I was getting ready for a supercross race in Sweden. It was one of those deals where it was overseas and they pay some Americans to go over there and race.

Q: While preparing for that race, you had an accident at one of  the Red Bull practice tracks. What happened?

A: I hit the ramp, it was a ramp to dirt, just like a freestyle jump, and I was on a 450. With our gearing and the way our bikes are set up, we have to time it, because you can overshoot it or come up short real easily. I ended up overshooting it and when I landed, my knee just buckled. I ended having to go get surgery done on that to fix it. My doctor told me the healing process was going to be about seven or eight months if I wanted it to heal right. That bummed me out. I just came back, my first year back had a good season, then that happened. I thought I was just done again.
I took the whole last year off and didn’t race at all. I wasn’t going to race again until about two months before Anaheim this year. We put together all our own sponsors and we did it all our own. I’m not riding for any team. This is all my own deal, just me and my friend Luke Greenwood and Jim Stonehouse.
We all got together and put together and deal and we’re doing it.

Q: What do you want to accomplish in your third comeback to supercross racing?

A: I just want to get back in the sport. What I mean by that is I want to stay healthy for one and I want to be in all the main events. It’s one thing to make it into the night program. You really want to be in the main show, the main event. To tell the truth, with my history and my racing career, I’ve never really missed a main event. That’s where I want to be obviously. I have some long-term goals, but for now, I would like to definitely be in the main event, be part of the show.

Q: At 28, some riders are considering retiring. You’re restarting your career. How does it feel to be one of the older riders out there?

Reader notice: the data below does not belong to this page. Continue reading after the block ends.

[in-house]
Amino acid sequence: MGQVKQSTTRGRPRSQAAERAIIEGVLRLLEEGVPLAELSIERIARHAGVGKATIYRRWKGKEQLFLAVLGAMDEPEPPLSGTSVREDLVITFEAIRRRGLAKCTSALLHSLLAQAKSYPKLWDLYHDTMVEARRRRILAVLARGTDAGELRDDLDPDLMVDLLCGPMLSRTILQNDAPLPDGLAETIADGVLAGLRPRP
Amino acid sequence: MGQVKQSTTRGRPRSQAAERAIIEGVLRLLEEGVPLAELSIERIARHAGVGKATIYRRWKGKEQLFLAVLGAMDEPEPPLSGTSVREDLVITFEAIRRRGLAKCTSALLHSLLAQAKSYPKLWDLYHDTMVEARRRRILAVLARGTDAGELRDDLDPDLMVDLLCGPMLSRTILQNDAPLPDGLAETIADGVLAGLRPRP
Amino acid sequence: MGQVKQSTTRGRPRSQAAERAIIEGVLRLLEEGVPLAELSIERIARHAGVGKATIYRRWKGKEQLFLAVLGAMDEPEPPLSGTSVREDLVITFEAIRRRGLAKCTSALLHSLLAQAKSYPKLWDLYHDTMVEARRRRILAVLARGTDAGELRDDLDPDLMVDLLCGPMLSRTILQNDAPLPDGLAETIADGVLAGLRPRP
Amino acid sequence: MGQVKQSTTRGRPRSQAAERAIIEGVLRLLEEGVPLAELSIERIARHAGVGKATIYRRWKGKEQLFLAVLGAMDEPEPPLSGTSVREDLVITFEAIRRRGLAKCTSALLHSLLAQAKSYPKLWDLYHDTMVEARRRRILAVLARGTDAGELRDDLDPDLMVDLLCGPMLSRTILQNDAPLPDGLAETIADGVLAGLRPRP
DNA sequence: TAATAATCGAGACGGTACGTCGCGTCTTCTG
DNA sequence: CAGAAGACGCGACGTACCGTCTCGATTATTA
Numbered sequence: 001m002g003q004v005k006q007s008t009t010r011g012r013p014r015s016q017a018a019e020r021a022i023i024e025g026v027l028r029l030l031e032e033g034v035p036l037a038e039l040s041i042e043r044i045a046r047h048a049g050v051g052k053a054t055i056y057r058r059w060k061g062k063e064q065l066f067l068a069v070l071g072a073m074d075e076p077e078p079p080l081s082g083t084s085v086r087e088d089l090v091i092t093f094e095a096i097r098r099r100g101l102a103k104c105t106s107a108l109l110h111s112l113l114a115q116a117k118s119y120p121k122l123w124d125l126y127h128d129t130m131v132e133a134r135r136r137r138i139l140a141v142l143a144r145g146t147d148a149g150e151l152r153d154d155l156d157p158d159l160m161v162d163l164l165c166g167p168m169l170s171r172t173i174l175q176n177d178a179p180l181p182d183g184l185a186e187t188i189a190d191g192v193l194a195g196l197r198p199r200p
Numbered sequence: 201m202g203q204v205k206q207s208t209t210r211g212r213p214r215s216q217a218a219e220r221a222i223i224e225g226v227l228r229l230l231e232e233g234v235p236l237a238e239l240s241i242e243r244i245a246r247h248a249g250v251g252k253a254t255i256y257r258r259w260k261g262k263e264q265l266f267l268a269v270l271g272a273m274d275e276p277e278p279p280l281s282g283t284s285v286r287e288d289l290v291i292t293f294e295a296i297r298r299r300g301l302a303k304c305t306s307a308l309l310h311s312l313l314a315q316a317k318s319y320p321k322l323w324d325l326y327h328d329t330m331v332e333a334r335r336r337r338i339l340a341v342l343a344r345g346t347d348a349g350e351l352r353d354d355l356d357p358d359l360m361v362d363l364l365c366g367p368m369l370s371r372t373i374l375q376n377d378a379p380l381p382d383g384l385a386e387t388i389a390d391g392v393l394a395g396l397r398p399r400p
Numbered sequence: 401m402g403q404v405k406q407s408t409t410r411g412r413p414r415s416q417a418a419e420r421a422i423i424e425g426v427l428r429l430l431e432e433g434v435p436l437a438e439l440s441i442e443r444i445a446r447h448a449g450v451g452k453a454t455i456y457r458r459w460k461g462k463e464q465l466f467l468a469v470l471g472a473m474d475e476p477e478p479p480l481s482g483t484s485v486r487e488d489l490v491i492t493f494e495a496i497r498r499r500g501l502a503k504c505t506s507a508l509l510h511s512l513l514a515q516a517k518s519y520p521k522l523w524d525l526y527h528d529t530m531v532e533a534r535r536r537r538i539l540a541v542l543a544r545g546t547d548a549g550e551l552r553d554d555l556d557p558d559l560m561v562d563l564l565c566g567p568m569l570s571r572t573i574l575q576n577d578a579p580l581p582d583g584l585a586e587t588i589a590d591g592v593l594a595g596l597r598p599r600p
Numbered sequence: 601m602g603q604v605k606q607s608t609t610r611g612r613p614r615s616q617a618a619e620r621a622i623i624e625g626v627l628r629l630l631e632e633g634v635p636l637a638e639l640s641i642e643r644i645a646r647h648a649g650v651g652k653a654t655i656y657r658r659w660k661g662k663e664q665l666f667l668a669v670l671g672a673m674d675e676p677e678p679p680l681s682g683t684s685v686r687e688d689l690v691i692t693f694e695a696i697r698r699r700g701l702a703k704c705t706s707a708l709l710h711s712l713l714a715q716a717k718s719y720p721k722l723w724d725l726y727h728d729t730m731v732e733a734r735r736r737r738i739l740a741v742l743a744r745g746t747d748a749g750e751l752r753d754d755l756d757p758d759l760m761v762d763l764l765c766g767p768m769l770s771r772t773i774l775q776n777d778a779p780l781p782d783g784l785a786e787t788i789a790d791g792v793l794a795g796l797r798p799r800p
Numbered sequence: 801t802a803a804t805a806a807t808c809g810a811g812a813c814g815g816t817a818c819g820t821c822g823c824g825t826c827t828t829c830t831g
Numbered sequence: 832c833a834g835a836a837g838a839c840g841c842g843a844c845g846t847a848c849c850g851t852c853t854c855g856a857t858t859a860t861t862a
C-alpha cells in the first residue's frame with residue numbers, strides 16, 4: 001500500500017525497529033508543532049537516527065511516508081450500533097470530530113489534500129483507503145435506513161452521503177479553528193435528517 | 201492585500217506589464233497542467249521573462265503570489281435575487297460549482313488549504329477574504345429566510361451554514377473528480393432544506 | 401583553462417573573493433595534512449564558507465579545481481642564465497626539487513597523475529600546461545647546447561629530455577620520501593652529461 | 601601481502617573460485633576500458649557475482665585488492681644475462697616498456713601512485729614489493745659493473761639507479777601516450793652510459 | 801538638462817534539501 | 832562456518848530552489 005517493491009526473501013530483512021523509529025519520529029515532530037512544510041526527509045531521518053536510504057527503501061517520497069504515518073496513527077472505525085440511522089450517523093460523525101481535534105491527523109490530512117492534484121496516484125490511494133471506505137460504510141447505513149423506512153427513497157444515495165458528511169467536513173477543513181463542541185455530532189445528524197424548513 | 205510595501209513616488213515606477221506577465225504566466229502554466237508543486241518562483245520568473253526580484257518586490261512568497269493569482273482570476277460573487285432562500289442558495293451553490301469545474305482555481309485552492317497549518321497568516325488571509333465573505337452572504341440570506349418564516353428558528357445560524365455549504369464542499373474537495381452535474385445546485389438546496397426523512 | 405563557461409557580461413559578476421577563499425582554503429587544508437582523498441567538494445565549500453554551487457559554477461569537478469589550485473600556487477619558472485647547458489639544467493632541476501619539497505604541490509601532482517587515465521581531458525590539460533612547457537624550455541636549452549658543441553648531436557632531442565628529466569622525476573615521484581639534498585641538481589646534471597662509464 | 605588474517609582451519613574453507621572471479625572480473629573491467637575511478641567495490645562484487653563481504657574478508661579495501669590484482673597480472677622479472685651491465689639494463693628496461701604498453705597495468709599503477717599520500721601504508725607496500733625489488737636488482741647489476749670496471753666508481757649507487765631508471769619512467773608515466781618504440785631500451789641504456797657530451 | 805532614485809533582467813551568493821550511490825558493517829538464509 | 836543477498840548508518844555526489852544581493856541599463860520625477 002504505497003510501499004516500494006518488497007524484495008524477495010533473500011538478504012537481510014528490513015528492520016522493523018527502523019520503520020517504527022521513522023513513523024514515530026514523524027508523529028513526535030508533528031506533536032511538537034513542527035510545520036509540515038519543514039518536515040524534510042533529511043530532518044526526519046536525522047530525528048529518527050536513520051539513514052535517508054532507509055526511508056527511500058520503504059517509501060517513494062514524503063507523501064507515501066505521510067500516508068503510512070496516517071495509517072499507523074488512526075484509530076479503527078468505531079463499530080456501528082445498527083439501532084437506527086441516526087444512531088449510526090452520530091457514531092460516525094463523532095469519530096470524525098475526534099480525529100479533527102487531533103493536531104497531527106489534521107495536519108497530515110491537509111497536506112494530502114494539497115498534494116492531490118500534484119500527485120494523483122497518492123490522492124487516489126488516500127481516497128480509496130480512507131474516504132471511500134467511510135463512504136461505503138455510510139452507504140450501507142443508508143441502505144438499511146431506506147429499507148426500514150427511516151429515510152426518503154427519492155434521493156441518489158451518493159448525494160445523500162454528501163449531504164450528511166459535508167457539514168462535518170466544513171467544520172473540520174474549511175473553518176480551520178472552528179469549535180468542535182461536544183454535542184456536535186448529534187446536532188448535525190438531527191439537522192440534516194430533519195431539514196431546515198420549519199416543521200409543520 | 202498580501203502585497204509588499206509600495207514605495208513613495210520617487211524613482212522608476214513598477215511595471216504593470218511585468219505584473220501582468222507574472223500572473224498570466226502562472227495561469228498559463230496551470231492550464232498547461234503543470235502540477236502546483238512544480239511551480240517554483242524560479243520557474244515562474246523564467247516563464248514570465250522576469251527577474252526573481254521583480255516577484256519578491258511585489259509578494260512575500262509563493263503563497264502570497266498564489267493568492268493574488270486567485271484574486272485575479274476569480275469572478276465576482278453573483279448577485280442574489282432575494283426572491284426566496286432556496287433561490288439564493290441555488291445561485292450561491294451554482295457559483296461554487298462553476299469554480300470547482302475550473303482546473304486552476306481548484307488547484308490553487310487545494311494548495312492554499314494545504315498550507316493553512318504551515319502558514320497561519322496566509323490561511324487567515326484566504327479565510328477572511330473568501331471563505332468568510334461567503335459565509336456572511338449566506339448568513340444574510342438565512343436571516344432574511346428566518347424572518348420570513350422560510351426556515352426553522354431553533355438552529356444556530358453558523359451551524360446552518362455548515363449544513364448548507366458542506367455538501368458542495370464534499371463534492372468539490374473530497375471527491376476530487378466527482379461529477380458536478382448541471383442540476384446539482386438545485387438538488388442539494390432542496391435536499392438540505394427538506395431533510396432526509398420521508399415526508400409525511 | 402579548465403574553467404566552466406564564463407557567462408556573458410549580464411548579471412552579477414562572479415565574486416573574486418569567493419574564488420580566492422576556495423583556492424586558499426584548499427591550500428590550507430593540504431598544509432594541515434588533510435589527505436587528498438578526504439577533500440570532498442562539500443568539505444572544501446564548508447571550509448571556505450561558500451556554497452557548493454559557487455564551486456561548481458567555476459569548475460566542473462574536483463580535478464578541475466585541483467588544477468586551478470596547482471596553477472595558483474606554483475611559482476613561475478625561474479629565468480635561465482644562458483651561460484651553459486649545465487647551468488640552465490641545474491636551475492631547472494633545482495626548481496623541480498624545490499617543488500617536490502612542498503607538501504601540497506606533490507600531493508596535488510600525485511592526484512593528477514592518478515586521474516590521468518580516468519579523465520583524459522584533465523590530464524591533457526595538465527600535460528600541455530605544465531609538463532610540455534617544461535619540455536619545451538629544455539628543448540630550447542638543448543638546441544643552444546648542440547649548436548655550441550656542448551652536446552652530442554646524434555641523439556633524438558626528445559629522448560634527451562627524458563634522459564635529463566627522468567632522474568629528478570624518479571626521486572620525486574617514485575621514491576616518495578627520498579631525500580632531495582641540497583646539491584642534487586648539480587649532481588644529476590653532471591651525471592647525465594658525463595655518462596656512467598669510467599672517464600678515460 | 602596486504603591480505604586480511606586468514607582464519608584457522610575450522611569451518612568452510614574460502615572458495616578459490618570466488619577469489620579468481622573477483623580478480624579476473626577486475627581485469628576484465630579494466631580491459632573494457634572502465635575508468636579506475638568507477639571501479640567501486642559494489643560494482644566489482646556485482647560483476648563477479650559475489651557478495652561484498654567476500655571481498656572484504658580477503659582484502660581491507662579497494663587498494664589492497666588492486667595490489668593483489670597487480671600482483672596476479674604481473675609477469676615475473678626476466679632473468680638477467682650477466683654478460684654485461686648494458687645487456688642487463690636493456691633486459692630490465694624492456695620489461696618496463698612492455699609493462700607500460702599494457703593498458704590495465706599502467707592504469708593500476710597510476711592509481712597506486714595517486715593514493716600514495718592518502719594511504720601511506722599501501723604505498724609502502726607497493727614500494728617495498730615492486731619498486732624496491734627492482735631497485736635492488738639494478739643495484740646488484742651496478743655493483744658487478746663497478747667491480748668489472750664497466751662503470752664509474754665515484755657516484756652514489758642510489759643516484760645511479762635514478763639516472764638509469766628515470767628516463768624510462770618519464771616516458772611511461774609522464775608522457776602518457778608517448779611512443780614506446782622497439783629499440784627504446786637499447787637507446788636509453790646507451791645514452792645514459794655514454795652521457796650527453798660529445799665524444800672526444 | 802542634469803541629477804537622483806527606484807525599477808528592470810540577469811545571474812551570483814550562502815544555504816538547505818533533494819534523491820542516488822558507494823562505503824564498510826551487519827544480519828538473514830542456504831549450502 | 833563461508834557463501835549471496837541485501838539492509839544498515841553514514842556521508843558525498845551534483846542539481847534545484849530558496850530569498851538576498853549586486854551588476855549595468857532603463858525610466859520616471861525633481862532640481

A: It’s a whole different deal. Your heart rate, it’s a lot higher on a supercross track than an outdoor track. There’s no resting places. When you watch from the stands, it doesn’t look that gnarly. It looks like everyone’s kind of hitting their jumps, just floating through the air, twisting the throttle. In reality, it’s a real physical, demanding sport. There’s no place to rest out there and it’s really high intensity. I train on mountain bikes and I train on road bikes and I do some MMA, and nothing gets my heart rate up as high as it does on a motorcycle on a supercross track.
It’s definitely in my blood. My dad, before I was born, was a factory Maico rider. He rode for other teams as well. Back then, they didn’t have supercross. He was in one of the first Super Bowls of Motocross. My dad raced and he was really good. He quit when he was about 23, 24. When I was born, we were doing desert trips and he still rode for fun. I got my first motorcycle when I was 5 years old. My older cousin started racing. My dad was really involved in his racing. I used to go to the races with him and watch. One day, I became buddies with a lot of kids that were racing.
I was 8 years old when I started racing. It only took a couple years and we started winning races. We were full bore with it and it just became part of our life. That’s why I can’t stay away. That’s all we did.